The rights of a creditor or secured party to take possession of collateral after default and to dispose of it in a commercially reasonable manner are specifically provided for under the Uniform Commercial Code of this state. See General Statutes §§ 42a-9-503 and 42a-9-504(1). Prior to disposition, however, the code specifically requires that "[u]nless collateral is perishable or threatens to decline speedily in value or is of a type customarily sold on a recognized market, reasonable notification of the time and place of any public sale or reasonable notification of the time after which any private sale or other intended disposition is to be made shall be sent by the secured party to the debtor...." (Emphasis added.) General Statutes § 42a-9-504(3). It is thus clear from a reading of § 42a-9-504(3) that a debtor must be given reasonable notice of "any private sale," and not just private sales that occur in the absence of a prior unsuccessful public sale of the same collateral. CBT does not dispute the fact that no notices of the sales by Gavlick were ever given. Rather, it argues that proper notice of the public auction constituted sufficient notice of the subsequent private sale.

Although this court has not previously addressed this issue, two lower courts in Connecticut have, as have the courts of a number of other jurisdictions. The cases of Hertz Commercial Leasing Corporation v. Dynatron, Inc., 37 Conn.Sup. 7, 427 A.2d 872 (Super.Ct.1980), and Savings Bank of New Britain v. Booze, 34 Conn.Sup. 632, 382 A.2d 226 (App.Sess.1977), both involved the repossession and subsequent disposition of collateral by a creditor after the debtor's default. In each of those cases the creditor notified the debtor that the collateral would be sold at a public sale that would be held at a specified time, date and place. In Savings Bank of New Britain v. Booze, supra, at 632-33, 382 A.2d 226, the creditor withdrew the collateral, an automobile, from the auction block because the bids received were insufficient. In Hertz Commercial Leasing Corporation v. Dynatron, Inc., supra, 37 Conn.Sup. at 9, 427 A.2d 872, the collateral was not sold at auction for reasons not apparent in the decision. Nevertheless, in each case the collateral was subsequently sold by the creditors without providing additional notice to the debtors. In both cases the courts held that the respective creditors had failed to comply with the notice requirements of § 42a-9-504(3) because they had failed to give the debtors specific notice of the subsequent private sales. Hertz Commercial Leasing Corporation v. Dynatron, Inc., supra, at 12, 427 A.2d 872, Savings Bank of New Britain v. Booze, supra, 34 Conn.Sup. at 635-36, 382 A.2d 226.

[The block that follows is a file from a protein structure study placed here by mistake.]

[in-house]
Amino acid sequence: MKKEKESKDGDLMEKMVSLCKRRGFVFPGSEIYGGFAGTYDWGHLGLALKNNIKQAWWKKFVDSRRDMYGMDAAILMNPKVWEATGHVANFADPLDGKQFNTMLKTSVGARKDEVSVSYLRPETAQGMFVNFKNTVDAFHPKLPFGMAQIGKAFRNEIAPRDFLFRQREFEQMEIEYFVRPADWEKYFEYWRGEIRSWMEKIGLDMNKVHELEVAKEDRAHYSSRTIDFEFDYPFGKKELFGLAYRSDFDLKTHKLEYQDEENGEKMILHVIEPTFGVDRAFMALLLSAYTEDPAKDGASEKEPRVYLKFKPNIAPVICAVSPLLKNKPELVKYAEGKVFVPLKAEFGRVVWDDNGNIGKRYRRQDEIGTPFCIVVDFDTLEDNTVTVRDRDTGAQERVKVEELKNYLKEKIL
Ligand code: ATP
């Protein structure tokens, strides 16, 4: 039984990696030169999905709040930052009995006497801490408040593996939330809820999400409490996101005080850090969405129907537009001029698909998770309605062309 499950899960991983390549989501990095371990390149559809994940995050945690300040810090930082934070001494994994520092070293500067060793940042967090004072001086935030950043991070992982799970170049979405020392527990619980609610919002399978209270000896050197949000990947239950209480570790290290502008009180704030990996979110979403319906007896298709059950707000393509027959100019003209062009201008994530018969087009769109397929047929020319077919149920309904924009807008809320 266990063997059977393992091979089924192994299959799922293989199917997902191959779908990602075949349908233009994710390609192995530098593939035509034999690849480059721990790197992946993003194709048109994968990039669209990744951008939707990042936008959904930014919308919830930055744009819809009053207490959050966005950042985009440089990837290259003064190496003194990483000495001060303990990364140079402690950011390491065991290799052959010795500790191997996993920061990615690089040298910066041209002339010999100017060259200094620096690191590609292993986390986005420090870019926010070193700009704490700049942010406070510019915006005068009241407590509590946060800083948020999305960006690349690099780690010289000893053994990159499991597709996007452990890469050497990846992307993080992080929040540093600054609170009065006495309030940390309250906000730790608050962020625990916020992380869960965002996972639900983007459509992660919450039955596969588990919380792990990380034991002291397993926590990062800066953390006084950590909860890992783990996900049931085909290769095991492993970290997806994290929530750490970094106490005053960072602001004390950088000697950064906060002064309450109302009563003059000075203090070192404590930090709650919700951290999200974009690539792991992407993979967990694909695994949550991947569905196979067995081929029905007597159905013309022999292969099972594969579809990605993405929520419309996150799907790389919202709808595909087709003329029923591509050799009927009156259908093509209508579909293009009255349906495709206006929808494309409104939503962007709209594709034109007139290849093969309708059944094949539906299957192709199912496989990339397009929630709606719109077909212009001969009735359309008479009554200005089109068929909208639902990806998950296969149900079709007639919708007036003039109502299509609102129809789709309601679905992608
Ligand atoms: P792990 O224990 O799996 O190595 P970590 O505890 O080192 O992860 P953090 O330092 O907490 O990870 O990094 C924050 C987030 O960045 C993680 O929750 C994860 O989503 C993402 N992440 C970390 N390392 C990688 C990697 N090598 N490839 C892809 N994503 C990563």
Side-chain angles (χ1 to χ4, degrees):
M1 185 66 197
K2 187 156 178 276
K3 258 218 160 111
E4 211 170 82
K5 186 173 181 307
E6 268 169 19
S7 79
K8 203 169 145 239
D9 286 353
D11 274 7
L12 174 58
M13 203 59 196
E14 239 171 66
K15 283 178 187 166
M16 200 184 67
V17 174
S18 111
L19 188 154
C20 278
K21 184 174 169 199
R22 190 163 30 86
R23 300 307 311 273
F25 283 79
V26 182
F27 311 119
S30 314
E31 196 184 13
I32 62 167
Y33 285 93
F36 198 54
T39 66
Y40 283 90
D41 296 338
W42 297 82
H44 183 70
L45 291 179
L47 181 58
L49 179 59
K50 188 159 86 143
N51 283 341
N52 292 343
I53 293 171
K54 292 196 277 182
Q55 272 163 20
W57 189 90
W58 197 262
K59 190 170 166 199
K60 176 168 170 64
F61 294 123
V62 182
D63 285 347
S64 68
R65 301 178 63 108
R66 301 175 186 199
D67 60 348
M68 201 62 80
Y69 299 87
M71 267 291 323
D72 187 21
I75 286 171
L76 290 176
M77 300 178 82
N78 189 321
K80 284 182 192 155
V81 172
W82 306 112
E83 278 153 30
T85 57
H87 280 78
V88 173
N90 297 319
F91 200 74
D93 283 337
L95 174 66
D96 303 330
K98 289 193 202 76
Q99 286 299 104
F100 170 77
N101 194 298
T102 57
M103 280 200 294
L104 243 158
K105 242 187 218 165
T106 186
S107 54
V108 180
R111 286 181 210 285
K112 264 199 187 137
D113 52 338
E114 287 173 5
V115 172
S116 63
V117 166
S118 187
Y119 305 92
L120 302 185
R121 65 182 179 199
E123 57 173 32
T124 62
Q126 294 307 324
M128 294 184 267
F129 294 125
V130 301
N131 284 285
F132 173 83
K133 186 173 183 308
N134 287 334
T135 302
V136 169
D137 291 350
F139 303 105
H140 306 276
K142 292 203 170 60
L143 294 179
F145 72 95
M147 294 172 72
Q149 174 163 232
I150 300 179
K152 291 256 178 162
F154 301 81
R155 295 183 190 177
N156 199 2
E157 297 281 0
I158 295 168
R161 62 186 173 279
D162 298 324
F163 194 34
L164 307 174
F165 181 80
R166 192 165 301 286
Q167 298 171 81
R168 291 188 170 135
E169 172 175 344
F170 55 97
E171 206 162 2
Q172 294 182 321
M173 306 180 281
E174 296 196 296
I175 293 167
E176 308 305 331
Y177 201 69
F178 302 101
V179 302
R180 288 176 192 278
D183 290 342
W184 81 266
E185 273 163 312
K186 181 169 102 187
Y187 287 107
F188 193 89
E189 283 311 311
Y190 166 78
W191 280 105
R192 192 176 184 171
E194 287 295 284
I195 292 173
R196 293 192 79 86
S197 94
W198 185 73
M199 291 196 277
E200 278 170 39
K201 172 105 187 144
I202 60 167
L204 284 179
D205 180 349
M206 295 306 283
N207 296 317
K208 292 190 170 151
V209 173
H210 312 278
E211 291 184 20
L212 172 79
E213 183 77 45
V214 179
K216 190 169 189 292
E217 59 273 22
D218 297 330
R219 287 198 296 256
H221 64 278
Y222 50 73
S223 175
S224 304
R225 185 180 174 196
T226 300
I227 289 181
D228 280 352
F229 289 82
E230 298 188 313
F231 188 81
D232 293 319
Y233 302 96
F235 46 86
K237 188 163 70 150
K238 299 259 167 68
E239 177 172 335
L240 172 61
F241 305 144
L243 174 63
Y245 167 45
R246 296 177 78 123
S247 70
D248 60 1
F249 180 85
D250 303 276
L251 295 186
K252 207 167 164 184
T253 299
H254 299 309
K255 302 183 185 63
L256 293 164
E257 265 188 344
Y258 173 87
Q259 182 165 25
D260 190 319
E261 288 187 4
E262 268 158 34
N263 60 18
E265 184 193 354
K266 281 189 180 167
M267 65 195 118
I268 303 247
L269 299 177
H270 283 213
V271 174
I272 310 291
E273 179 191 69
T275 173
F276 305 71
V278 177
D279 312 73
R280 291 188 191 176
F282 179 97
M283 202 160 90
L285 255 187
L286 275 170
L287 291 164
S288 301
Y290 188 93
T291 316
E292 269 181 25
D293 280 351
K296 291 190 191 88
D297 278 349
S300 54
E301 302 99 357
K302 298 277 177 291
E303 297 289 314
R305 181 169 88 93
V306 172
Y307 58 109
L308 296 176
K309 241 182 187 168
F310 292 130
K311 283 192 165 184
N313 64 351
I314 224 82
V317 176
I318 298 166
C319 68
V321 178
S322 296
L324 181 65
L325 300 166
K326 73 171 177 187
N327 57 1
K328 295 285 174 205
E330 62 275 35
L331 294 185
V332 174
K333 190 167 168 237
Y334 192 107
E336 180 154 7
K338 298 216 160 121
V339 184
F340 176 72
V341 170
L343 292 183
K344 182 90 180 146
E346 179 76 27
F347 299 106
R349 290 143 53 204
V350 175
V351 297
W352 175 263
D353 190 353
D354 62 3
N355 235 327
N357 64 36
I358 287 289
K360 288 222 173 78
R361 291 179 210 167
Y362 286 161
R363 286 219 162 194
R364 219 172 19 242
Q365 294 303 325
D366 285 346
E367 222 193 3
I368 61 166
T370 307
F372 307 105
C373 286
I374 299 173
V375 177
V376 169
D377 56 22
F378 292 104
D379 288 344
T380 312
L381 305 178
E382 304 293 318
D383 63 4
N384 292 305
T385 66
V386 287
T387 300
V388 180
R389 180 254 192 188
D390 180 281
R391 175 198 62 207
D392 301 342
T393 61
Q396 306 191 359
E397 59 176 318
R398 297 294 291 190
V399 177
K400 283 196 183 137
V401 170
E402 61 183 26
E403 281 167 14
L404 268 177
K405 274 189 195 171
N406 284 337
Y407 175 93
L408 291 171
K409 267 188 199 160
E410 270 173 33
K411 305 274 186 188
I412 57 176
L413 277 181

This view is unanimously supported by the decisions of other jurisdictions that have addressed the issue in...